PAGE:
Michel Auder at Nicole Klagsbrun - New York, New York - Review of Exhibitions

Art in America, July, 1994 by Jerry Saltz

Judging from the recent sampling of ten videotapes (dating from 1977 to 1993) at Klagsbrun, Michel Auder should probably be named our Video Laureate. Auder, a 50-year-old Frenchman who has lived in the U.S. for more than 20 years, has (according to one press release) "shot thousands of hours of videotape over the past twenty-four years." One could imagine an "All Auder Channel" - I'd subscribe.

Auder's tapes can best be described as poetry or maybe docu-sonnets. He juxtaposes fragments of images shot from TV, magazines, photographs or real life with shards of sound; bits and pieces of conversation drift in and out, music plays or waves of noise rise and fall. These combine to form a rich, dilapidated, perishable picture of the real world.

Auder loves details. His camera lingers over things the way a dog sniffs and circles a possible rabbit hole. In Fishing (the old-fashioned way), 1980 (only seven minutes long - he has a great sense of time), Auder lingers over - almost caresses - a group of islanders as they cast a fishing net into the sea from the shore and then haul it in. His camera watches a man remove his straw hat and bathe in the gentle sea, rubbing his head in a spiraling motion, round and round. He loves flesh and voyeuristic views, which makes him a sexy artist, too. In Gorgeous Ladies of Wrestling, 1986, he shoots women wrestlers directly off the TV and zeroes in on bits of exposed flesh and inadvertent crotch shots - playing them in seductive slow motion. On the soundtrack we hear a little girl's voice asking, "Who's the bad one?" to which Auder replies, "It's just a game."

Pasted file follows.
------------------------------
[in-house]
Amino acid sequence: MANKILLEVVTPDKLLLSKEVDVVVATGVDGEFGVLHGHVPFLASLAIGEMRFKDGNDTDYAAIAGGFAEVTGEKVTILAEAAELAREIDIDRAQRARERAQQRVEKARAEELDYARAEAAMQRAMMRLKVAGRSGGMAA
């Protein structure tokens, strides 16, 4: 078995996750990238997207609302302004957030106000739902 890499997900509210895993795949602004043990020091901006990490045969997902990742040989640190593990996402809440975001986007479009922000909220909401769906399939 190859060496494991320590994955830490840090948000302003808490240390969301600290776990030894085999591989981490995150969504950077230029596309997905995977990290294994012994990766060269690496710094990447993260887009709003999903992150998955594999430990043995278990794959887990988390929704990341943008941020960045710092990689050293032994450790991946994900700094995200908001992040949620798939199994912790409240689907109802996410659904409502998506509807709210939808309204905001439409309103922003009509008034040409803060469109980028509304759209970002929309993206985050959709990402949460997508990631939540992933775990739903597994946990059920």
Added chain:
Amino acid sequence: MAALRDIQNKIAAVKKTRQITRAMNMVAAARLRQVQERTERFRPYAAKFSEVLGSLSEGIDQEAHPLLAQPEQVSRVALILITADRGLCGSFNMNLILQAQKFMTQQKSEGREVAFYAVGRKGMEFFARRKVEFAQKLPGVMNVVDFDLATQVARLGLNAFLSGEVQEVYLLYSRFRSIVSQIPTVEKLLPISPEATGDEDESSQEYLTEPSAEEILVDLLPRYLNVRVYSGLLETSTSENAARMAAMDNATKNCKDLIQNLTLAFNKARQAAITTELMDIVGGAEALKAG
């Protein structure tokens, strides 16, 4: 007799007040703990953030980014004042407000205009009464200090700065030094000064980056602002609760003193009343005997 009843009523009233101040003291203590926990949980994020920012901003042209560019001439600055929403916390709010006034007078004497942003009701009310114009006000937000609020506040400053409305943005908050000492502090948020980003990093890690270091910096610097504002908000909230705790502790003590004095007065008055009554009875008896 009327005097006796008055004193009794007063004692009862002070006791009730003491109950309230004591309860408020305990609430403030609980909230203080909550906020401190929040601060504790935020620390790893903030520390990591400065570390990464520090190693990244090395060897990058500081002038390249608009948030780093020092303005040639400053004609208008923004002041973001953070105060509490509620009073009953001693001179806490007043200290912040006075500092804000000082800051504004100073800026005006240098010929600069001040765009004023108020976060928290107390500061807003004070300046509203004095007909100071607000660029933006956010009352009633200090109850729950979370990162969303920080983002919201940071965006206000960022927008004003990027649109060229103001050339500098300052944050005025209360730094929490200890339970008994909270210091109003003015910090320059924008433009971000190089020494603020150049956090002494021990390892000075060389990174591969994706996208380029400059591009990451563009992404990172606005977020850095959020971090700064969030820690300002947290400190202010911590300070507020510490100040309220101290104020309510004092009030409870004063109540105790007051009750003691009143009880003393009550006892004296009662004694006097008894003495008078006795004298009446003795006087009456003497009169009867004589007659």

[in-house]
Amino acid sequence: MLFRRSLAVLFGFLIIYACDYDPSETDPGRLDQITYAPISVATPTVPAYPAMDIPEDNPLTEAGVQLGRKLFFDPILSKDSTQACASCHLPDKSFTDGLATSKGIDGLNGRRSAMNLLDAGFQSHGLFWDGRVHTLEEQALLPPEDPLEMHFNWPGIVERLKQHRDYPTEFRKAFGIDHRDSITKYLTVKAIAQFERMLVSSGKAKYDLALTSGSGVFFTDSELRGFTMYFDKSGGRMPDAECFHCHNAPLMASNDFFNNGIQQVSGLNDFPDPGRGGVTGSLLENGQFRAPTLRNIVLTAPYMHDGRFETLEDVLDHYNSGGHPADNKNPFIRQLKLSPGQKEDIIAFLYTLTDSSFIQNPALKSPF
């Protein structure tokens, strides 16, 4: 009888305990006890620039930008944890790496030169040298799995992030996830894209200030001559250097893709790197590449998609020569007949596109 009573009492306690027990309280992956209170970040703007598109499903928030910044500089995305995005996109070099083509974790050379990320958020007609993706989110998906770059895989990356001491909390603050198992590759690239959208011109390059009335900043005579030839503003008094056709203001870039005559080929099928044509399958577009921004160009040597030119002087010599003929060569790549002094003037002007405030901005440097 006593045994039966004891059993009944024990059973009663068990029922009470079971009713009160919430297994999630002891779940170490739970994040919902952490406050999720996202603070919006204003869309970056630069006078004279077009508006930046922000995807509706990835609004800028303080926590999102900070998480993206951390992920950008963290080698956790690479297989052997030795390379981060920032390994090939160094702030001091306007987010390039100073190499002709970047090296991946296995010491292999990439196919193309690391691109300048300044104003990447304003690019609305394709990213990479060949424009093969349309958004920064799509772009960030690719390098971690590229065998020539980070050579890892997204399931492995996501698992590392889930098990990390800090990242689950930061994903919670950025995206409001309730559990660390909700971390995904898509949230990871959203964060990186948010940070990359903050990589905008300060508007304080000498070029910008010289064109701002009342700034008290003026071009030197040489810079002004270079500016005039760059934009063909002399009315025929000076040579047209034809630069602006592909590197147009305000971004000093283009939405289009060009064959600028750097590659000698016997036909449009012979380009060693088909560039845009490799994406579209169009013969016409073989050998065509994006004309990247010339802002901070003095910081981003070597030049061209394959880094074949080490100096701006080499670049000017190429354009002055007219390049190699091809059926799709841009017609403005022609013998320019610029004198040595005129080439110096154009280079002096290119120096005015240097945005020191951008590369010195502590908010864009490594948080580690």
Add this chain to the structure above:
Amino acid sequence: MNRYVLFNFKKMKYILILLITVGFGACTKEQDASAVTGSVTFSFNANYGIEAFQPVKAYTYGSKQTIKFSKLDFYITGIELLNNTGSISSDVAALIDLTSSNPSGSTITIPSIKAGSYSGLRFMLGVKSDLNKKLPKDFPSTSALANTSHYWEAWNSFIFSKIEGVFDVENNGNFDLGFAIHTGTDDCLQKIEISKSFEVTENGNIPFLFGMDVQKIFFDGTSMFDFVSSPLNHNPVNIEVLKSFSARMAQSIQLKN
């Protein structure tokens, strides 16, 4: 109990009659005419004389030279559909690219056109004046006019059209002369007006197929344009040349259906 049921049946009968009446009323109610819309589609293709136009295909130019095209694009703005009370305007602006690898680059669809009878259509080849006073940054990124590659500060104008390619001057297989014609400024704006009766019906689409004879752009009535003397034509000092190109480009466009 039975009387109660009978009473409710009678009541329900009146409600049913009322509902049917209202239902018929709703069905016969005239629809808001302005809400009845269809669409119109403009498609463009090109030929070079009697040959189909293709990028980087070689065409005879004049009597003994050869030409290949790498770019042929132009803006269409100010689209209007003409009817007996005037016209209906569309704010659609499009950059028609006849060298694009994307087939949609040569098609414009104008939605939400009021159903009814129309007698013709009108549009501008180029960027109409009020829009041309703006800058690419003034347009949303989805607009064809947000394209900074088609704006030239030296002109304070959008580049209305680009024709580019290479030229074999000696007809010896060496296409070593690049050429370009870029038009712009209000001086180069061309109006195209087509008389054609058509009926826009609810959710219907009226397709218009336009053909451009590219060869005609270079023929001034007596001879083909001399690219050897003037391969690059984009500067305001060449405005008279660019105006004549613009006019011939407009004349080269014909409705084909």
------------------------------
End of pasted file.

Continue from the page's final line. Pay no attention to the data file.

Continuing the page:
In My Last Bag of Heroin (for real), April 1986, Auder turns his voyeuristic camera on himself. in this four-minute ode to sadness and despair we see Auder tapping out the white powdery contents of a little bag onto aluminum foil, lighting it (five times) from beneath and inhaling the fumes through a paper tube. Auder - in a stupor, his head only inches from the table - stares into the foil and says, "This is the last day ever in my life that I'm smoking that shit. Tomorrow I'm going to the hospital for good. Good-bye dope. Good-bye Monkey. I'm not chasing dragons anymore.'

Auder's work is very direct and low-tech, though you get the feeling he's pretty picky about what ends up on the monitor. in the 1993 epic Voyage to the Center of the Phone Lines (Part I), Auder's skills, particularly with the soundtrack, rise to new heights. On the screen we see a series of picture-postcardlike views of sunsets, waves, rain, clouds and flowers. The soundtrack consists of telephone conversations that Auder "captured" via an electronic monitoring device. He splices the secret recordings together to make a Joycean smattering of human drama and banality: lovers planning a tryst; an estranged husband and wife worrying about their 18-year-old daughter's regular sexual liaisons with the local drug addict (Mother: "She's been sleeping with him - she slept with him last night - and she's not using any protection," Father: "I'll hit him with a fuckin' baseball bat"); a bookie taking bets; two women talking about sex ("I felt like I was dessert at the end of every night"); and, chillingly, two guys planning a "hit' ("Make him lie down in the woods then pop, pop, pop, pop ... we could do it Monday night"). Auder is trying to show us something big by using the smallest of parts and the simplest of means, and he's really good at it.